California COVID-19 Resources

For the better part of the last three years, California employers have been overwhelmed with trying to properly navigate the COVID-19 pandemic. From how to respond to positive COVID-19 cases in the workplace, complying with changes to isolation and quarantine guidance, administering additional pay and benefits for missed time from work, and complying state reporting and recordkeeping requirements.

However, over the past few months, Cal OSHA regulators and public health officials have been busy revising their stances on employer responses to the COVID-19 pandemic, finally giving employers a sigh of relief. In February 2023, Cal OSHA COVID-19 permanent regulation was approved and became effective on February 3, 2023, and will be in effect for the next two years (February 3, 2025). The statewide State of Emergency was terminated effective February 28, 2023, which was following by the California Department of Public Health (CDPH) announcing updates to several state public health orders that have guided Californians on how to best protect themselves and their families throughout the pandemic.

To keep pace with these changes, our COVID-19 toolkit and resources webpage has been updated to address the most current COVID-19 workplace safety regulations and public health guidance applicable to California employers. Should you need additional assistance, please contact our office at 805-543-6887 or email


To access the full standard, fact sheets, FAQs, and a COVID-19 Model Prevention Procedures please visit: COVID-19 Non Emergency Regulations Resources


Additional Resources

Workplace Safety & Compliance Principles

In California, every employer has a legal obligation to provide and maintain a safe and healthful workplace for employees. Since the infectious disease is not a hazard a majority of workplaces were accustomed to controlling and the speed at which the COVID-19 pandemic continues to evolve, it has been extremely difficult for employers to reconcile new, and sometimes, conflicting guidance from federal, state, and local agencies.

When conflicts or ambiguity exists, employers should do their best to merge the most up-to-date public health measures for their specific location with workplace safety standards that will feasibly offer the highest level of protection for their staff and customers.

At the federal level, the Centers for Disease Control & Prevention (CDC) has continuously updated guidance on COVID-19 safety measures for individuals, businesses, and communities. The CDC has very narrow enforcement authority especially when it comes to workplaces. The public health authority is mainly delegated to the States with state public health departments typically following suit with the CDC. However, some states may implement additional measures like California Department of Public Health (CDPH), who has historically issued statewide (mandatory) or guidance (advisory) orders, so be sure to sign up to receive CDPH Policy Alerts. County public health departments then have the same authority to either issue orders or guidance based on what is happening locally. Additional measures may also be required at the city level, so California employers should follow updates closely at the federal, state, and local levels to ensure full compliance.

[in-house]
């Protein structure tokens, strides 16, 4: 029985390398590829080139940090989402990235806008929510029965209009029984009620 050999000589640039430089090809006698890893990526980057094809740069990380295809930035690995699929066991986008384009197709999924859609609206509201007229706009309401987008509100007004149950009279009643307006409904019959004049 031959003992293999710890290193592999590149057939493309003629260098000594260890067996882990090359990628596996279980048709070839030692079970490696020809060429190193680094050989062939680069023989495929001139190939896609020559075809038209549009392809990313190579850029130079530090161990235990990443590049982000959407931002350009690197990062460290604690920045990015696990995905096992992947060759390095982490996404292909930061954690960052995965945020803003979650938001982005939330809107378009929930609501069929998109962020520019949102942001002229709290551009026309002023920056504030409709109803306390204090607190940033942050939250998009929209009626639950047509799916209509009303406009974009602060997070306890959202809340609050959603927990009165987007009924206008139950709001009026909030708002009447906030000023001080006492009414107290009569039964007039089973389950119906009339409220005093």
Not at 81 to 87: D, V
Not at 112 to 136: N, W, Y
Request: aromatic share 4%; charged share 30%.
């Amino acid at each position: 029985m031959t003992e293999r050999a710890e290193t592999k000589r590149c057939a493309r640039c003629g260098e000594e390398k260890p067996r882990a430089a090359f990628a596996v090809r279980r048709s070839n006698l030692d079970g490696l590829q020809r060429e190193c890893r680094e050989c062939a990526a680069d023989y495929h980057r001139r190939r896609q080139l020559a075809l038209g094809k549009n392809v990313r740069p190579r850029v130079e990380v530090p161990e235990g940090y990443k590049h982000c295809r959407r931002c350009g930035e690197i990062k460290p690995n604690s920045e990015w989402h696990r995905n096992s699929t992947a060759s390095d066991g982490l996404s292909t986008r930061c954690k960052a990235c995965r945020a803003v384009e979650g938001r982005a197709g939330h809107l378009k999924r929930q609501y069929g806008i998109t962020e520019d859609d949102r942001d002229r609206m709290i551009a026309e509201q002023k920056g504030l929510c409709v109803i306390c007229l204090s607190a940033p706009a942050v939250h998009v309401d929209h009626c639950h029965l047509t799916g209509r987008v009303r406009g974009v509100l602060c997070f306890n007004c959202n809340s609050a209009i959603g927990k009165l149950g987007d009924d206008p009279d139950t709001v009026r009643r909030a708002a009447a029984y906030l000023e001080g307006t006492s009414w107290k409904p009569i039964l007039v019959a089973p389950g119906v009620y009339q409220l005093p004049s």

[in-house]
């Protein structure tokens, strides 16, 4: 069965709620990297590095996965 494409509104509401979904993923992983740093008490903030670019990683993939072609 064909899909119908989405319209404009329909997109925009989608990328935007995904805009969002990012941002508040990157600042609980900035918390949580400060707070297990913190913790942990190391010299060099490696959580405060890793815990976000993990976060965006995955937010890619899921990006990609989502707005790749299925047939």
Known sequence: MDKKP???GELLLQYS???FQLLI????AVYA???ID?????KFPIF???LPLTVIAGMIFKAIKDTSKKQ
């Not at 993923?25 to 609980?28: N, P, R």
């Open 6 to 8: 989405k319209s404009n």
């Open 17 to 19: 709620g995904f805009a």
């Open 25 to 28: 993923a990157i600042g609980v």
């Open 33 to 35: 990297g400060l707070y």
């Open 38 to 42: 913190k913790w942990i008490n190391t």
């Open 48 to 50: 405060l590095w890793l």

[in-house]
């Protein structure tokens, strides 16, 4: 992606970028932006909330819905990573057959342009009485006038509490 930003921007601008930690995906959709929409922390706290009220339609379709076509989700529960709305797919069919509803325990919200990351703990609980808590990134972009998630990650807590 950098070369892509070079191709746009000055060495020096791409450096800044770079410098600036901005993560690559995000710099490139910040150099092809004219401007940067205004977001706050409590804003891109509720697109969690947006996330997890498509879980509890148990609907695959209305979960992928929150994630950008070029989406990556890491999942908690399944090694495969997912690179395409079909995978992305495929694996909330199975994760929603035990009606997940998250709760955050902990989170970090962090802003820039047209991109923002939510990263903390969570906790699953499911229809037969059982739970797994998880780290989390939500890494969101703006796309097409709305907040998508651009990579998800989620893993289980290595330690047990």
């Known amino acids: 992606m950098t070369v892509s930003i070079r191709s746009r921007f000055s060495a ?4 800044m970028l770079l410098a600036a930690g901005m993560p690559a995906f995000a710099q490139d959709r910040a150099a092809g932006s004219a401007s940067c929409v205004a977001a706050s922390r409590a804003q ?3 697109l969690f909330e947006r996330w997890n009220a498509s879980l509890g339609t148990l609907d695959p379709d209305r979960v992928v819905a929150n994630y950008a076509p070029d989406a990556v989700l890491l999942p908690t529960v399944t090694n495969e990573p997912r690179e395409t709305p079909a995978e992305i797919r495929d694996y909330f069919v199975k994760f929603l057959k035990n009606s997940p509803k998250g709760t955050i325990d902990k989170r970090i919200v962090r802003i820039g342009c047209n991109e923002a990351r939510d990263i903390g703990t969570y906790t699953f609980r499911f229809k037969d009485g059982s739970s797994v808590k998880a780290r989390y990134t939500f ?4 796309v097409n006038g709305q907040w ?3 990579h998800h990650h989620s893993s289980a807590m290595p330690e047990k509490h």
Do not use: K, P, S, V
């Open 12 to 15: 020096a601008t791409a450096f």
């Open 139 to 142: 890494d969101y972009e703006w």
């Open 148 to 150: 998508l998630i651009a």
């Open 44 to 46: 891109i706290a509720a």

covid toolkit graph of command hierarchy

Cal OSHA Permanent Standard Resources

COVID-19 Non-Emergency Regulations

On December 15, 2022, the California Occupational Safety and Health Standards Board voted to adopt non-emergency, permanent COVID-19 prevention regulations. These regulations took effect on February 3, 2023 and will remain in effect for two years after the effective date (February 3, 2025), except for the recordkeeping subsections that will remain in effect for three years.

These permanent regulations include some of the same requirements found in the COVID-19 Prevention Emergency Temporary Standards (ETS), as well as new provisions aimed at making it easier for employers to provide consistent protections to workers and allow for flexibility if changes are made to guidance in the future from the California Department of Public Health.

Note: These regulations apply to most workers in California who are not covered by the Aerosol Transmissible Diseases standard.

To access the full standard, fact sheets, FAQs, and a COVID-19 Model Prevention Procedures please visit: